In John Knowles’ book “A Separate Peace,” the main character denounces sarcasm as “the protest of people who are weak.” Merriam-Webster defines sarcasm as “a sharp and often satirical or ironic utterance designed to cut or give pain.” With that in mind, I hereby pronounce Ron Sterr, Principal of Litchfield Elementary School in Arizona, to be weak and mean.
Sterr is accused of writing a sarcastic letter to parents in which he derides their children as either too lazy or too stupid to finish their work in class. He suggests that students who do manage to finish their assignments should be rewarded with a “half-hearted high five” as their accomplishment is “the equivalent of a twenty-year-old wanting to be congratulated for knowing how to tie his shoes.”
The letter, which was sent home last month to the parents of second-graders, goes on to joke about a child’s despair over a deceased puppy and urges students to “imitate a crazed masochist” so that a classmate with a nervous tick will feel inconspicuous.
Sterr is now furiously back-pedaling, insisting he wrote the letter as a joke in response to comments made by an unnamed individual. He never meant for the letter to actually go home to parents! He loves his students and was merely trying to “mock those views and point out how ludicrous they are.”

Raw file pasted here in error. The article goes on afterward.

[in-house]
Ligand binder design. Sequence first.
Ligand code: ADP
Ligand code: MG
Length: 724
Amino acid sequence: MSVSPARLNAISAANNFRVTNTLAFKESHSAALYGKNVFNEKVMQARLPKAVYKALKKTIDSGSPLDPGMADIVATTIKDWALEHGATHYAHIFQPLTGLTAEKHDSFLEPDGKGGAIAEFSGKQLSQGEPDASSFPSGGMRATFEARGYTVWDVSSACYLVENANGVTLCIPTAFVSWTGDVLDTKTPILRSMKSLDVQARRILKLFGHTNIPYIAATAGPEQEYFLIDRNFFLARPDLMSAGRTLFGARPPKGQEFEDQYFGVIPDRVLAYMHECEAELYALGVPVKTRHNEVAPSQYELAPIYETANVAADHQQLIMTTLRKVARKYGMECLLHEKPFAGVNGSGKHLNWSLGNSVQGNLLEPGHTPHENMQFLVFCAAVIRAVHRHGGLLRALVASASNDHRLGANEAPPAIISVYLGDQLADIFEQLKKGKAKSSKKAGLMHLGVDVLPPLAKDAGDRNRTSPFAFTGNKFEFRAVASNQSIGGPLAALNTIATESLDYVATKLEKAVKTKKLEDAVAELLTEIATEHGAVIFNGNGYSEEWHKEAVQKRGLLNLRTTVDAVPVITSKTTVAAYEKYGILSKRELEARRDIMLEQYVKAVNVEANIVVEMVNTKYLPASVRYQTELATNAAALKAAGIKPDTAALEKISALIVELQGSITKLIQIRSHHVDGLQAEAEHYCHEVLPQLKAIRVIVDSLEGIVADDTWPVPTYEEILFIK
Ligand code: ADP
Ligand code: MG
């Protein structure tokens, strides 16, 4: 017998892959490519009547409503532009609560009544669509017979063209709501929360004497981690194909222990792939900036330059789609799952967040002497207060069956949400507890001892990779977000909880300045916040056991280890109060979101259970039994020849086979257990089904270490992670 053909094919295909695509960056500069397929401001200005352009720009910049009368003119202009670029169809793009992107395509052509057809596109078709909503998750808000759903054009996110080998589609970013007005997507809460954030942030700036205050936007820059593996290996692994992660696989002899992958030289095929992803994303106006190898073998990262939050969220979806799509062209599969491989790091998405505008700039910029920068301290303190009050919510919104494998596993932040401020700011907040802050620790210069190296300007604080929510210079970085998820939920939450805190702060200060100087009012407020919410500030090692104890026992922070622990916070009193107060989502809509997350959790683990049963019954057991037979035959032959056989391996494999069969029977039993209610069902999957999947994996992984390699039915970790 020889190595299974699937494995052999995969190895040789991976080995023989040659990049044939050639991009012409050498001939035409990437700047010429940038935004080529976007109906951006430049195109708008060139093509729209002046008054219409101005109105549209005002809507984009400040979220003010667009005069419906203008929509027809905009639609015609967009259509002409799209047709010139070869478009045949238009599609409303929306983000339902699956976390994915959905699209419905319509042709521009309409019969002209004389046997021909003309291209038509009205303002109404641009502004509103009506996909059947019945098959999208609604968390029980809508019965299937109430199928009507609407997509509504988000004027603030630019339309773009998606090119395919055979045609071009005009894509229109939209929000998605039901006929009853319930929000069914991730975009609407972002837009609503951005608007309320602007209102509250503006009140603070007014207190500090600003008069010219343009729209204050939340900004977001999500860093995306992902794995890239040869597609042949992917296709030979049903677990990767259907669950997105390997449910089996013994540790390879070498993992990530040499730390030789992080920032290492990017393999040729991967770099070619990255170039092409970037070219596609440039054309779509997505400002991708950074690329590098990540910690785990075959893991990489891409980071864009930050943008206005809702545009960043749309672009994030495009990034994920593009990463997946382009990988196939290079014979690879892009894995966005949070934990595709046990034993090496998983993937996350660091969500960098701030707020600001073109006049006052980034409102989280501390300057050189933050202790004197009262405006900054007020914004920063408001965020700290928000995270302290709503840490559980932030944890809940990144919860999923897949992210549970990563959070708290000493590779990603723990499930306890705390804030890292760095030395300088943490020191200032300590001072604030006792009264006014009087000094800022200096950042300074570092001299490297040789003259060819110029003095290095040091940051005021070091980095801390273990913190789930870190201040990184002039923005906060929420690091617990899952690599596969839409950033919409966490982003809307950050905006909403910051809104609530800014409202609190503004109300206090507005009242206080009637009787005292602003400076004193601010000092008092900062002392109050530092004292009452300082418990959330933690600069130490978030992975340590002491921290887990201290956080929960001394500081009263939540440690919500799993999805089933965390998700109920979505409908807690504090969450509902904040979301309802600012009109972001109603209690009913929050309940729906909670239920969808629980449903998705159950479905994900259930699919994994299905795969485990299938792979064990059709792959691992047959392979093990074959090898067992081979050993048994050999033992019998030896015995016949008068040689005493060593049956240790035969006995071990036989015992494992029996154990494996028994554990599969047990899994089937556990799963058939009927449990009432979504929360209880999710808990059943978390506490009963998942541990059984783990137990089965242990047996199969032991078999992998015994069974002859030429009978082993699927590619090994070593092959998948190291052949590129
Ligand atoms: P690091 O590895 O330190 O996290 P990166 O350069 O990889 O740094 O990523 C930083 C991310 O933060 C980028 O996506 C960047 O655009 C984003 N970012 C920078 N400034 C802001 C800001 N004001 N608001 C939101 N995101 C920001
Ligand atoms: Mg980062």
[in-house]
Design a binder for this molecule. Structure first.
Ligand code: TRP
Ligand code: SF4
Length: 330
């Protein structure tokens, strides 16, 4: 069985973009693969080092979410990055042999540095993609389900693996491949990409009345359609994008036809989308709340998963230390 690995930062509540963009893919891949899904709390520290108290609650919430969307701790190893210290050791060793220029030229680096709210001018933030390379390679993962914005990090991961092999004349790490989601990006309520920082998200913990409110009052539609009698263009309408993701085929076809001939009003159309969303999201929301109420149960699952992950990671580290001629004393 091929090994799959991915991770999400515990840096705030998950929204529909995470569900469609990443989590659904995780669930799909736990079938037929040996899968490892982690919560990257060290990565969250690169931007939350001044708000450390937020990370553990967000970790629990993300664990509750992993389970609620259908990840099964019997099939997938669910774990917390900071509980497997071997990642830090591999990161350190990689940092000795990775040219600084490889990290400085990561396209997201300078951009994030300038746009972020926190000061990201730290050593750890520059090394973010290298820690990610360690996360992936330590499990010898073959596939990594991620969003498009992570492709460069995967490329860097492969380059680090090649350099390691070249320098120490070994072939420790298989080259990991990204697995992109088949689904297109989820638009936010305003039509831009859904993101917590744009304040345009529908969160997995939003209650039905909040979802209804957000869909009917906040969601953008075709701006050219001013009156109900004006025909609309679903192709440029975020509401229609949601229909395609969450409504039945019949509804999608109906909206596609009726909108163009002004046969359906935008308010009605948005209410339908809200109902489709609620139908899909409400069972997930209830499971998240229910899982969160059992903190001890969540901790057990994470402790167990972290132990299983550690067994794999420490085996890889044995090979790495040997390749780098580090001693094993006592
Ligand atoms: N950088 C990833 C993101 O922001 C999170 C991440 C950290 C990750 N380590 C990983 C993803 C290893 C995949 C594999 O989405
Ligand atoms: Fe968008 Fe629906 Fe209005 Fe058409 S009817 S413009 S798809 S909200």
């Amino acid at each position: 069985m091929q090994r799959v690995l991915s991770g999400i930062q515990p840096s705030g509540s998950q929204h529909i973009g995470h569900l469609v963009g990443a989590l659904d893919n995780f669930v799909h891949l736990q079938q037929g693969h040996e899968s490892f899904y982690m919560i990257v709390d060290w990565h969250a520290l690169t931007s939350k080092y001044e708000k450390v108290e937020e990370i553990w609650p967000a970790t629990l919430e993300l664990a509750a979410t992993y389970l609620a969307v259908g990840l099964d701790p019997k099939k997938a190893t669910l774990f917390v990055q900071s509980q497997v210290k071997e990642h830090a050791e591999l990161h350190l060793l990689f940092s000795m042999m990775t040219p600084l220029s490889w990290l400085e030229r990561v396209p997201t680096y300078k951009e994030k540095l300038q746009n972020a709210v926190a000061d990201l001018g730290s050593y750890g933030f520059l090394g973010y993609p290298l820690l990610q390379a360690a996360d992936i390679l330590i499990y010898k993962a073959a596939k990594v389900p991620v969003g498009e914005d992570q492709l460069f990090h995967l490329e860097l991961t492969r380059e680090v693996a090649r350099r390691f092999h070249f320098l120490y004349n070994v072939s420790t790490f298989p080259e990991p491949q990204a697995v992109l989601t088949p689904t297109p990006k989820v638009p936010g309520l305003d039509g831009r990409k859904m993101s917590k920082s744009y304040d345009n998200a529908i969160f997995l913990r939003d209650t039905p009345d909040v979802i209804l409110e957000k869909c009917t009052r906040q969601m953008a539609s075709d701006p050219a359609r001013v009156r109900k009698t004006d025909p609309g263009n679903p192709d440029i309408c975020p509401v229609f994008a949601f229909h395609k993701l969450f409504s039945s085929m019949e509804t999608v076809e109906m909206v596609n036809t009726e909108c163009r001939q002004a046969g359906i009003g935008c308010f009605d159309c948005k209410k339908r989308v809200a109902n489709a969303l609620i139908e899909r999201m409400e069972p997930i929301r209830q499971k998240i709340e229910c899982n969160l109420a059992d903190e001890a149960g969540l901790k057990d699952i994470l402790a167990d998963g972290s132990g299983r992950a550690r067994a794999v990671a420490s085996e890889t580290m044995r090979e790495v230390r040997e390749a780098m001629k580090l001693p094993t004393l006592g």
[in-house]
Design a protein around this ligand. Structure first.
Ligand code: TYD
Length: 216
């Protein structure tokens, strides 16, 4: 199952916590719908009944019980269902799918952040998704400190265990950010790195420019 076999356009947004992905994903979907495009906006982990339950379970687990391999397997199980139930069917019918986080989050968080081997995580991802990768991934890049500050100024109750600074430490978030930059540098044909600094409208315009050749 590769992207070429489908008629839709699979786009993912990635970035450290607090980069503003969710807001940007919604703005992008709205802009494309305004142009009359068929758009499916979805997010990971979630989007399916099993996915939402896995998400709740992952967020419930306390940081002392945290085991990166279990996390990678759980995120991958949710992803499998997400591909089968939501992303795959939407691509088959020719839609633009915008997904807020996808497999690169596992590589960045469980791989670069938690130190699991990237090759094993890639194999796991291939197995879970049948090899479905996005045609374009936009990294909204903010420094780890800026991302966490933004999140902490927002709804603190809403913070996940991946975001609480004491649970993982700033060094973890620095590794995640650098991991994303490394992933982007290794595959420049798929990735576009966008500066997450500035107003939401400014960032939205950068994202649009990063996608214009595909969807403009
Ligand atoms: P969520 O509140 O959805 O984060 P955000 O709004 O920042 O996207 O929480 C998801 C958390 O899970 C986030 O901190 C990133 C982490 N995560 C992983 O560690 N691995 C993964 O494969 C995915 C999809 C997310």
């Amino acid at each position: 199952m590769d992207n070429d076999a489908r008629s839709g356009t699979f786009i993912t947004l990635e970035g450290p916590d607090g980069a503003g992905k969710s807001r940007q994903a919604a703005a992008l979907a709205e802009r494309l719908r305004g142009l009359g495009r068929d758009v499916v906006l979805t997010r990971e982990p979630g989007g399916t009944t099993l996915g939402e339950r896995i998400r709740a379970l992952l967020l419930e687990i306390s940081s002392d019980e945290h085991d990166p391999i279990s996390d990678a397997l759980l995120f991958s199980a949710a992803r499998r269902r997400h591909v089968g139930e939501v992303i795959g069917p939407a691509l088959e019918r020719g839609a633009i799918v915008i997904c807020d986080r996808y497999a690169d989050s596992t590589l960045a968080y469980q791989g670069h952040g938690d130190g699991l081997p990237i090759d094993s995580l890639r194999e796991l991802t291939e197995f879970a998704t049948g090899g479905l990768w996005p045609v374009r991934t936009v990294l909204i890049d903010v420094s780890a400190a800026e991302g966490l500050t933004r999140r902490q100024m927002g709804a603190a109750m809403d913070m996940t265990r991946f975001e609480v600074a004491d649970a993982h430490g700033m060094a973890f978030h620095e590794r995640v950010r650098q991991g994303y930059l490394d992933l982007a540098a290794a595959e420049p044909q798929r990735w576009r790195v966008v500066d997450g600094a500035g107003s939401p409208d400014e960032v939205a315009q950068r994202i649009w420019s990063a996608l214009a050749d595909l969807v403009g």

Unfortunately, one of his teachers didn’t get the joke and sent the caustic letter home with students. Needless to say, this did not go over well with parents. Litchfield Elementary School District Superintendent Julianne Lein says she’s been inundated with angry calls from parents and is taking steps to “remedy the situation.”
While I have no doubt that Principal Sterr is being truthful when he claims he never intended the letter to be sent home to parents, the damage has been done. He’s been placed on administrative leave and is facing demotion and possible termination.